DPP v Hughes

JudgeMr. Justice Fennelly
Judgment Date29 November 2012
Neutral Citation[2012] IECCA 85
Docket NumberRecord No.: 120/20012,[C.C.A. No. 120 of 2012]
CourtCourt of Criminal Appeal
Date29 November 2012

[2012] IECCA 85


Fennelly J., de Valera J., Michael White J.

Record No.: 120/20012


Criminal law - Tax fraud - Sentence - Proportionality - Rehabilitation - Punishment - Deterrence - Mitigating factors - Delay in sentencing - Taxes Consolidation Act 1997 - Finance Act 1999 - Finance Act 2002

Facts: The appellant was charged with four counts of failure to pay VAT totalling €226,718 contrary to s. 1078(2)(i) and (3)(b) of the Taxes Consolidation Act 1997 as amended by s. 211 of the Finance Act 1999 and two counts of failure to lodge a genuine VAT return contrary to s. 1078(2)(ii)(g) and (3) of the Taxes Consolidation Act 1997 as amended by s. 211 of the Finance Act 1999 and s. 133(a) of the Finance Act 2002. He pleaded guilty and was charged to four years imprisonment. The sentence was appealed on the ground of proportionality in balancing the objectives of deterrence and punishment against rehabilitation as well as giving proper weight to the mitigating factors. It was also appealed on the ground that the trial had been substantially delayed through no fault of the appellant and that if he had have been convicted in a more expedient fashion, he would have been sentenced at a time when the punishment for a crime of this type was considerably more lenient.

The appellant had been able to make payments to cover the full tax liability as well as over €400,000 in fines and interest leaving a balance owed of €110,000 which he was unable to pay though he had offered the €50,000 bail monies when the trial had finished. He was a man of good character with no previous criminal convictions who had observed the conditions of his bail, made an early plea and shown remorse for his actions. The trial judge had accepted these points in mitigation and agreed that the appellant reoffending was unlikely in the circumstances. Nevertheless, a custodial sentence was considered necessary in the circumstances due to the seriousness of the offence and to act as a deterrent against other would-be offenders. The trial judge had further pointed out that he felt too many offenders charged with tax evasion came before the court and believed they could simply repay the balance and avoid a custodial sentence.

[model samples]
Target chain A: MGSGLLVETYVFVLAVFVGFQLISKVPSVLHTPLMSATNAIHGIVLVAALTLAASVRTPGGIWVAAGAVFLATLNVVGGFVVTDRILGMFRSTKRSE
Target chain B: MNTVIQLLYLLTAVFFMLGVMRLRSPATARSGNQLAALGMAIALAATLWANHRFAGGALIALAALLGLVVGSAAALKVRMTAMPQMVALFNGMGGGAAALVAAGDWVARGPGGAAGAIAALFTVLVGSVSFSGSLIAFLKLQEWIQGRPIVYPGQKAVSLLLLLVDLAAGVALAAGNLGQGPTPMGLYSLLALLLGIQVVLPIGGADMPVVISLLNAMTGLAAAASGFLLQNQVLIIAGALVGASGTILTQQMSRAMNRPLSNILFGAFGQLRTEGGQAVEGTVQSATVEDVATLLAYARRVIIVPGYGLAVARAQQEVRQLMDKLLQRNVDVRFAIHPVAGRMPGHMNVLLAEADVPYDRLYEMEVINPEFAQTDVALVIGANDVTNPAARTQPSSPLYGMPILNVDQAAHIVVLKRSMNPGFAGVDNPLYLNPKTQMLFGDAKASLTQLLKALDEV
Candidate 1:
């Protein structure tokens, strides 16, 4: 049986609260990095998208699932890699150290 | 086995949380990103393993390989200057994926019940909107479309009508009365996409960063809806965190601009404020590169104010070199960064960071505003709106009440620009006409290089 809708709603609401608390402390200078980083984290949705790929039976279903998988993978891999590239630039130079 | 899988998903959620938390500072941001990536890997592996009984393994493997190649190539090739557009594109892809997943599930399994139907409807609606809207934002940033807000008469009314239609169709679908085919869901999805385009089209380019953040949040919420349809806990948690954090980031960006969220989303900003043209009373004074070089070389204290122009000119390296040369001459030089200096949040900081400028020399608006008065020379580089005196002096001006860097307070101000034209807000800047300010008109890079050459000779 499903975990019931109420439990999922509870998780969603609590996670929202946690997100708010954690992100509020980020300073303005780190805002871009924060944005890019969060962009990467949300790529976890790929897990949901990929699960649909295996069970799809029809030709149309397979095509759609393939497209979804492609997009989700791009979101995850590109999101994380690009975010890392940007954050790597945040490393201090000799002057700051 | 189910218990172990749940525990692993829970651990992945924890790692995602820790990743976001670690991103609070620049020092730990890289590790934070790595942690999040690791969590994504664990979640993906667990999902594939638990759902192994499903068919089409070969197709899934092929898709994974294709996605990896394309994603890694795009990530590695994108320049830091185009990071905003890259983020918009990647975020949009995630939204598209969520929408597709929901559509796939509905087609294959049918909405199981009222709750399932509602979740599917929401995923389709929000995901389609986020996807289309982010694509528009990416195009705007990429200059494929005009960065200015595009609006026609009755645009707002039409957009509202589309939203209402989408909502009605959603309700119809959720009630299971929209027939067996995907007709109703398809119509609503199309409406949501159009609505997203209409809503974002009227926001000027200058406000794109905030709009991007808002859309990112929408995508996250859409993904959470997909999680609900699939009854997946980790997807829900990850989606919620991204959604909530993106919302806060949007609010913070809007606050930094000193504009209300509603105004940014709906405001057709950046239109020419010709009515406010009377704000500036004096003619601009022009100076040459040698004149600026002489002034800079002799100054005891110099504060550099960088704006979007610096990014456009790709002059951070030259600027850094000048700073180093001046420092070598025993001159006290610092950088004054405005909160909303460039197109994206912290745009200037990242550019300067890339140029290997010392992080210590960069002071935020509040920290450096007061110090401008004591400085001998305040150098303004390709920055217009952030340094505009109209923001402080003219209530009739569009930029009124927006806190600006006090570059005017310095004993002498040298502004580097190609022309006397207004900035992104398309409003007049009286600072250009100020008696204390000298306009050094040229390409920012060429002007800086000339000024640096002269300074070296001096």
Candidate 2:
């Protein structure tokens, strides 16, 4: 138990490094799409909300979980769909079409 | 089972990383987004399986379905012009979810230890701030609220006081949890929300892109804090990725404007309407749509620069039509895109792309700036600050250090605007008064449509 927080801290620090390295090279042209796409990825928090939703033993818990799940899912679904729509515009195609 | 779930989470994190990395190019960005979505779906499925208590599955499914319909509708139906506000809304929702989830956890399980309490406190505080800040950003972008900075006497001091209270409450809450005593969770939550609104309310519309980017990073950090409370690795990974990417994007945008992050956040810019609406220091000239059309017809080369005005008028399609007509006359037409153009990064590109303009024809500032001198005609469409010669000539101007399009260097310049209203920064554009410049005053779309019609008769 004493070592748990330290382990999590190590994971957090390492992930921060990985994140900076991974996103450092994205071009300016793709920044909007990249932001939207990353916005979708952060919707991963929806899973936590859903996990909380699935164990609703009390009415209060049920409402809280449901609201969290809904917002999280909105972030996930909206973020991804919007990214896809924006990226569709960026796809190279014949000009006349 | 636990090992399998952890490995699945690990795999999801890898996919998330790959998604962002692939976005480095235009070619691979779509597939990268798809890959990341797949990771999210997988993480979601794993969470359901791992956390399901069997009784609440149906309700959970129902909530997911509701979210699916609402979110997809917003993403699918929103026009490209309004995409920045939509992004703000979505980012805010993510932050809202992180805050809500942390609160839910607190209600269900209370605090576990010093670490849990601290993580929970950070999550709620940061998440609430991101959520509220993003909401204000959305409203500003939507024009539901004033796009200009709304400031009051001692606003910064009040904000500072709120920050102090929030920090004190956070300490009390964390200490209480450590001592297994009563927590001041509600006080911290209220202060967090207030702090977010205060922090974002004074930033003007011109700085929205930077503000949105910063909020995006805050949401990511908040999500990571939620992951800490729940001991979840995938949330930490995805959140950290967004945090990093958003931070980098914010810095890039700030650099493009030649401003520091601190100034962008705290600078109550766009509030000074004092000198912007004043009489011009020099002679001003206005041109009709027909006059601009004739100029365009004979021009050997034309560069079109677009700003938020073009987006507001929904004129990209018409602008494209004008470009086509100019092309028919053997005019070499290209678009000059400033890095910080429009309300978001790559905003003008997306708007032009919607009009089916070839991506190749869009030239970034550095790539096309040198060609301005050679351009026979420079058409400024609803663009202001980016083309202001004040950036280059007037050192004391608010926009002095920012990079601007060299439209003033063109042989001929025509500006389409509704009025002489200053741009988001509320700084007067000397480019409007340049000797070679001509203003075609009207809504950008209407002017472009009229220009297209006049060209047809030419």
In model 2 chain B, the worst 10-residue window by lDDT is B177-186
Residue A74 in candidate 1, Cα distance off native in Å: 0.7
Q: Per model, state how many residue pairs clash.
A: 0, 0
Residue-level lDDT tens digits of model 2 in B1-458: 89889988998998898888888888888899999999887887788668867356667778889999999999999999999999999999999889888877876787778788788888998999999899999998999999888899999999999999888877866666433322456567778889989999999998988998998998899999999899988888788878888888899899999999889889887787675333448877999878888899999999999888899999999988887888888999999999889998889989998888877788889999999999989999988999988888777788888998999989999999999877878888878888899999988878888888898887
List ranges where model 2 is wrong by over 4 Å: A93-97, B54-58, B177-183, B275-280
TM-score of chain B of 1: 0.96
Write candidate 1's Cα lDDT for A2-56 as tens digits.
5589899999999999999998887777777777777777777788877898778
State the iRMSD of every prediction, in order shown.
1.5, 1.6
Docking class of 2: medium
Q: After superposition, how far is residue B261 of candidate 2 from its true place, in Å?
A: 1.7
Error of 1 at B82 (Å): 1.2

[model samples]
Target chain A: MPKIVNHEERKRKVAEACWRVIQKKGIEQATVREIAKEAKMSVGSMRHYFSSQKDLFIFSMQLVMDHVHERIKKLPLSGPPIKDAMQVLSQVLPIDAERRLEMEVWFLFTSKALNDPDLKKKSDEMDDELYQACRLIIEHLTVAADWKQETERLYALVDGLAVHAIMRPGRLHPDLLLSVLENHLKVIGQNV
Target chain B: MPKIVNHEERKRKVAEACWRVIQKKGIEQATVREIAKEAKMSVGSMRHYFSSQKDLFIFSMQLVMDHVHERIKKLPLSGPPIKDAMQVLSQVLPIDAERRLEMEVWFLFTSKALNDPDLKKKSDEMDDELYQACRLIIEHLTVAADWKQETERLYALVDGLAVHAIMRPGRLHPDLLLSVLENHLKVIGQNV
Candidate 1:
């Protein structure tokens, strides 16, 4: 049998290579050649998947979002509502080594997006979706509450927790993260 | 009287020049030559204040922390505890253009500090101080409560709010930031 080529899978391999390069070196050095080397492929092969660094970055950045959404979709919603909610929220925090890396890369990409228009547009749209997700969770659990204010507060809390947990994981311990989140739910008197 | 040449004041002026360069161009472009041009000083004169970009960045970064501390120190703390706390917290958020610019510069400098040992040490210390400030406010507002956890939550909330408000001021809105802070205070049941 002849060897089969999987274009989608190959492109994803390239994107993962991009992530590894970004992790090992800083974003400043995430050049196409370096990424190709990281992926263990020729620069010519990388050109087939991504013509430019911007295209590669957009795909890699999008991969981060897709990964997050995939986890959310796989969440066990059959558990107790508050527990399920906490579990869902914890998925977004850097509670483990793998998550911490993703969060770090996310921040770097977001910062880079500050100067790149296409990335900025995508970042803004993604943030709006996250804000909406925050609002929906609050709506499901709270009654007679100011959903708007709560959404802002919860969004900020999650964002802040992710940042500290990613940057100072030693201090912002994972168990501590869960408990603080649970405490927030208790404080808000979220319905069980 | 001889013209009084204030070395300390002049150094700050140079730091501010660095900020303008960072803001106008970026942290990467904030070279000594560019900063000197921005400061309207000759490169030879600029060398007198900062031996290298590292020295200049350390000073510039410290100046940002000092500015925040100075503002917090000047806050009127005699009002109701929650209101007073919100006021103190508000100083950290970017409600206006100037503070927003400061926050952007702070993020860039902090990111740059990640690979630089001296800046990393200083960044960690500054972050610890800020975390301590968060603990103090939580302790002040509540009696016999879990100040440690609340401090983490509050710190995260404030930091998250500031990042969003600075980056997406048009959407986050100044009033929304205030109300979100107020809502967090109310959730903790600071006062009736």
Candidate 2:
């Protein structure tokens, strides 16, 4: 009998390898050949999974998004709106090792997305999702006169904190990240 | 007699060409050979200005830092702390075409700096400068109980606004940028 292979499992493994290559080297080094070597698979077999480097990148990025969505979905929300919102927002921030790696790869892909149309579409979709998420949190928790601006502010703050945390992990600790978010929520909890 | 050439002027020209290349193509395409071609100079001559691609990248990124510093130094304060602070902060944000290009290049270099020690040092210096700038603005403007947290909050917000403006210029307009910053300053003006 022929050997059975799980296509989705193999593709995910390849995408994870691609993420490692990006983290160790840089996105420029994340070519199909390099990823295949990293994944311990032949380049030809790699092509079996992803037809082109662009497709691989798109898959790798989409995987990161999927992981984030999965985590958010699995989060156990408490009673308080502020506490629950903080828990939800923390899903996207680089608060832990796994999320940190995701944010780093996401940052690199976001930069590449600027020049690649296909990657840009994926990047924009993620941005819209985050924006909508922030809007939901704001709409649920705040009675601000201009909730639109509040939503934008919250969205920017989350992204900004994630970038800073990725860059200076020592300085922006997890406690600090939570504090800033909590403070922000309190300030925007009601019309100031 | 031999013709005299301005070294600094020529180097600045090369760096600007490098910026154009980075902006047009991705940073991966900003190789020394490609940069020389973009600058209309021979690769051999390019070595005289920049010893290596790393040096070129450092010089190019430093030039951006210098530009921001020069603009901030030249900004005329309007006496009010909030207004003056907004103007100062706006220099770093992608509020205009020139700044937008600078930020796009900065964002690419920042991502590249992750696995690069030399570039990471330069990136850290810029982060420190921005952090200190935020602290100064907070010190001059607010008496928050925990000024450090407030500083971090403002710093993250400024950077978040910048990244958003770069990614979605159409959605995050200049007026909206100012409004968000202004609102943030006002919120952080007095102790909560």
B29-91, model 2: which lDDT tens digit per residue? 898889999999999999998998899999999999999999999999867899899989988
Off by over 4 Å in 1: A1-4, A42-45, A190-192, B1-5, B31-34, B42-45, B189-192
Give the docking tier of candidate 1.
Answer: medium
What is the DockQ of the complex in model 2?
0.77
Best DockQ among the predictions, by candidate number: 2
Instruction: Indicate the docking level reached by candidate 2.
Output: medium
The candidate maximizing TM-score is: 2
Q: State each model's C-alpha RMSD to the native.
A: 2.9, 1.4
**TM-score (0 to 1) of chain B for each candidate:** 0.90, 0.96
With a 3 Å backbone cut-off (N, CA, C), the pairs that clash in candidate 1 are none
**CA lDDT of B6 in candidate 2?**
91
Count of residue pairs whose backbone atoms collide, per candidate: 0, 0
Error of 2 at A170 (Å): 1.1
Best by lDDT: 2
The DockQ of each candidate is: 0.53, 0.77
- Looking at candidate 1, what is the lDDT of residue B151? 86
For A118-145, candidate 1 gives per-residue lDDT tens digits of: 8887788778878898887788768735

Held by Fennelly J that it was not open to the court to vary the appellant's sentence unless it was found that the trial judge had erred in applying a principle. It was correct to say that the punitive and deterrent element in sentencing should be balanced against the rehabilitative. In the present case, it was found that the trial judge had balanced these factors and indeed had accepted the mitigating factors before him. He had made mention of the substantial repayments paid by the appellant and it was clear to him that it was unlikely that there would be any further offending of that type. However, it was held that the trial judge had erred in principle by suggesting that offenders charged with tax evasion felt they could simply repay the balance owed and avoid a custodial sentence. The repayment of monies to a victim could be considered a mitigating factor depending on the circumstances but it depended very much on the circumstances of the case whether that was enough to avoid a custodial sentence or not.

It was further held that the delay in the present case was not significant and there was no evidence put forward that would convince the court that the change in sentencing over that time was substantial. However, on the basis of the trial judge's disregard for the mitigating factor of repayments made by appellant, it was found that the sentence was excessive. The sentence of four years imprisonment on each count to be served concurrently was reduced to two years for each on the same basis.

Mr. Justice Fennelly
JUDGMENT of the Court of Criminal Appeal delivered by Mr. Justice Fennelly on the 29th day of November 2012.

This is an appeal against the severity of sentences of four years imprisonment imposed on the appellant by his Honour Judge Nolan in Dublin Circuit Court on 22nd March 2012.


The appellant had pleaded guilty to six counts on an indictment. The pleas were accepted by the Director on the basis that they were entered in respect of sample counts on that indictment. The offences all related to the failure to make returns in respect of or to pay value added tax (hereinafter “VAT”) contrary to Section 1078 of the Taxes Consolidation Act 1997, as amended.


Four counts alleged that the appellant had failed to pay VAT contrary to contrary to s. 1078(2)(i) and (3)(b) of the Taxes Consolidation Act 1997 as amended by s. 211 of the Finance Act 1999. Two counts alleged that the appellant had failed to furnish a true and correct return of VAT contrary to s. 1078(2)(ii)(g) and (3) of the Taxes Consolidation Act 1997 as amended by s. 211 of the Finance Act 1999 and s. 133(a) of the Finance Act, 2002.